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As someone who manages HubSpot's learning technology, I've gone about buying software the wrong way at times. I've pushed ahead without the right technical partners, I've missed a contract auto-renewal deadline, and I've rolled out changes to my team without empathy for how it might affect their day-to-day.
Another important business factor to consider when getting buy-in is the cost-to-value ratio. Adding more software means another vendor to manage, another contract to consider, and another system for your coworkers and teammates to adopt.
Getting buy-in should happen far in advance of when you plan to buy the software. This process takes time. You need to talk to people outside of your department and often outside your company to ensure you understand the landscape of what's already happening, what's possible, and what it's going to take to execute a new software.
You might be the most experienced software buyer in the world, but you can't do everything alone. In my experience, the best help you can get for buying and implementing software is the team whose very expertise is software: your IT team.
Loop them in early in your process, see what they're already doing to solve the challenge you've identified, and ask at least one champion for feedback. Depending on your company, you may also need to loop in Security, Legal, and Finance so they can add their expertise and highlight any blind spots you might have.
Change is hard for everyone. Even those who are most excited about using new software can get overwhelmed by the prospect of changing up what they're used to. It's important to be transparent and empathetic with your project team, coworkers, and the broader organization.
Vendr, a Boston-based startup that aims to help companies buy, manage and renew software more quickly and at a lower cost, has reached unicorn status. On Thursday, Vendr announced that it was valued at $1 billion after raising $150 million in a Series B venture round amid a tough market for new venture funding.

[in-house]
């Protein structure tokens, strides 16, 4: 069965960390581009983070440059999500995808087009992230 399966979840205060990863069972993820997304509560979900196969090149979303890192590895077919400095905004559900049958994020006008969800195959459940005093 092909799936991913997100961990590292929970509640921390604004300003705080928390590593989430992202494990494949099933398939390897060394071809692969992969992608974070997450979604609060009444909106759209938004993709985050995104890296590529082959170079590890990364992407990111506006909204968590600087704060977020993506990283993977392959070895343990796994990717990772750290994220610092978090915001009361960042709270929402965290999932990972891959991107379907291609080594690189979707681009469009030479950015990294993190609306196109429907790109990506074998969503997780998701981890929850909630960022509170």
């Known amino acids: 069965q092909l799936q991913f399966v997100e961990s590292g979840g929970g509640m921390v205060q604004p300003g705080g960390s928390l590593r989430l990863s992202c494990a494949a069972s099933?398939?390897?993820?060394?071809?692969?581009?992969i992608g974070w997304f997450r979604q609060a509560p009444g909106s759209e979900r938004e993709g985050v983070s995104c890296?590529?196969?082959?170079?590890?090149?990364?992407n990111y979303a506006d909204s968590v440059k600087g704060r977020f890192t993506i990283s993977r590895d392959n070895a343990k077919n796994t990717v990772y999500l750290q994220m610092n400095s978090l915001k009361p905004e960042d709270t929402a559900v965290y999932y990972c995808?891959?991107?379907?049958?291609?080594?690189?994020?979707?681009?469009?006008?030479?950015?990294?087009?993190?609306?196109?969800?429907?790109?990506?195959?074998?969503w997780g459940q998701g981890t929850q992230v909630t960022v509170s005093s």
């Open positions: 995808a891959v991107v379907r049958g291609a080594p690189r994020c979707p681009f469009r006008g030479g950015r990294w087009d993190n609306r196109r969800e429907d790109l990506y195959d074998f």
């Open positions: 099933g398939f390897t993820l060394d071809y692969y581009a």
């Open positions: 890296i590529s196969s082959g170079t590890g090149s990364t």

Once you answer these questions, you can reverse-engineer your answers to pinpoint your software needs. This step also helps you make the case for a larger SaaS budget because it helps prove how this software impacts the company as a whole.
One mistake people often make when purchasing software is confusing software price with software value. Obviously, the price of software is a huge factor when purchasing software. But the value that software brings to your company is often overlooked.
If you can change your thinking around what makes a certain tool or app good for your company, you can truly understand your business needs. Not everything can be driven by money. Sometimes you need to spend a chunk of change to push your business forward. Consider this when beginning your software purchasing journey.
We make IT investments go further, helping our clients transform operations using technology and purchase and optimise their software and cloud subscriptions for the new reality. In 2021, SoftwareOne customers realised more than $1.95 billion in software savings. With teams working in 90 markets, our local knowledge and worldwide supplier relationships provide unmatched assistance so customers can navigate and save in the fast-changing digital supply chain.
Free and open source software (FOSS) is at the root of a very big lie. FOSS itself isn't a lie. FOSS is real and it matters. The problem is that the most significant attribute of FOSS is a negative. It's all about what it is not. It's quite hard to explain things in terms of what they are not. People aren't used to it, and it can cause more confusion than it clears up.
Anyone who chooses to use free and open source software on their desktop regularly gets asked why. Why bother Isn't it more work Isn't the pro-grade gear commercial Isn't it worth buying the good stuff Windows is the industry standard, isn't it simply less work to go with the flow
Well, no. The software industry reboots m